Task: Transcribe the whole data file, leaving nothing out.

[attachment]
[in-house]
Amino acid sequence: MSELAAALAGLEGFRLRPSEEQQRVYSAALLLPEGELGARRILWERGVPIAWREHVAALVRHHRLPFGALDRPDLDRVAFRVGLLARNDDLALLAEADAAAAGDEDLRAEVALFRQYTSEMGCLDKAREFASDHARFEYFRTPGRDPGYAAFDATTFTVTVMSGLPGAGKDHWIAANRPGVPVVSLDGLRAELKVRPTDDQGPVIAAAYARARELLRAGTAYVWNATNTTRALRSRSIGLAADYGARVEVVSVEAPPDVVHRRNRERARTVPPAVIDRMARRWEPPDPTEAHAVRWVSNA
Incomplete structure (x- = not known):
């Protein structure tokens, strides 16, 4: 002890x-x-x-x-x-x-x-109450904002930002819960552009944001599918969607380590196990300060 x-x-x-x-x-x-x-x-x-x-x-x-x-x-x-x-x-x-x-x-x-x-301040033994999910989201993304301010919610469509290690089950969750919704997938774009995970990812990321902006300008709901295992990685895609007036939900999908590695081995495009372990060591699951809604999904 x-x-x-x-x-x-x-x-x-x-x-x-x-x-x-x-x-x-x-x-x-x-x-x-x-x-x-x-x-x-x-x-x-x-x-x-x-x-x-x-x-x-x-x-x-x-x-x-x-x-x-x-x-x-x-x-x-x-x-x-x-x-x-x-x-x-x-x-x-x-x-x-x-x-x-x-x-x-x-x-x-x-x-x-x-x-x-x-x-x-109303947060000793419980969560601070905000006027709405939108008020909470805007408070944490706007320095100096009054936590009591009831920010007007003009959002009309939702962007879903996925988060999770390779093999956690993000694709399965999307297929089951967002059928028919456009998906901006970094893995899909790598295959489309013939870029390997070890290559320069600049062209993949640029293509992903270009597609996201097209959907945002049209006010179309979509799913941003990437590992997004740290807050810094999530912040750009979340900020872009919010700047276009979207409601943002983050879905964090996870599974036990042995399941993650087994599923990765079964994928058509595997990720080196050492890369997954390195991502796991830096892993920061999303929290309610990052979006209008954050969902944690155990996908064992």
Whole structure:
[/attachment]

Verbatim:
[in-house]
Amino acid sequence: MSELAAALAGLEGFRLRPSEEQQRVYSAALLLPEGELGARRILWERGVPIAWREHVAALVRHHRLPFGALDRPDLDRVAFRVGLLARNDDLALLAEADAAAAGDEDLRAEVALFRQYTSEMGCLDKAREFASDHARFEYFRTPGRDPGYAAFDATTFTVTVMSGLPGAGKDHWIAANRPGVPVVSLDGLRAELKVRPTDDQGPVIAAAYARARELLRAGTAYVWNATNTTRALRSRSIGLAADYGARVEVVSVEAPPDVVHRRNRERARTVPPAVIDRMARRWEPPDPTEAHAVRWVSNA
Incomplete structure (x- = not known):
């Protein structure tokens, strides 16, 4: 002890x-x-x-x-x-x-x-109450904002930002819960552009944001599918969607380590196990300060 x-x-x-x-x-x-x-x-x-x-x-x-x-x-x-x-x-x-x-x-x-x-301040033994999910989201993304301010919610469509290690089950969750919704997938774009995970990812990321902006300008709901295992990685895609007036939900999908590695081995495009372990060591699951809604999904 x-x-x-x-x-x-x-x-x-x-x-x-x-x-x-x-x-x-x-x-x-x-x-x-x-x-x-x-x-x-x-x-x-x-x-x-x-x-x-x-x-x-x-x-x-x-x-x-x-x-x-x-x-x-x-x-x-x-x-x-x-x-x-x-x-x-x-x-x-x-x-x-x-x-x-x-x-x-x-x-x-x-x-x-x-x-x-x-x-x-109303947060000793419980969560601070905000006027709405939108008020909470805007408070944490706007320095100096009054936590009591009831920010007007003009959002009309939702962007879903996925988060999770390779093999956690993000694709399965999307297929089951967002059928028919456009998906901006970094893995899909790598295959489309013939870029390997070890290559320069600049062209993949640029293509992903270009597609996201097209959907945002049209006010179309979509799913941003990437590992997004740290807050810094999530912040750009979340900020872009919010700047276009979207409601943002983050879905964090996870599974036990042995399941993650087994599923990765079964994928058509595997990720080196050492890369997954390195991502796991830096892993920061999303929290309610990052979006209008954050969902944690155990996908064992």
Whole structure: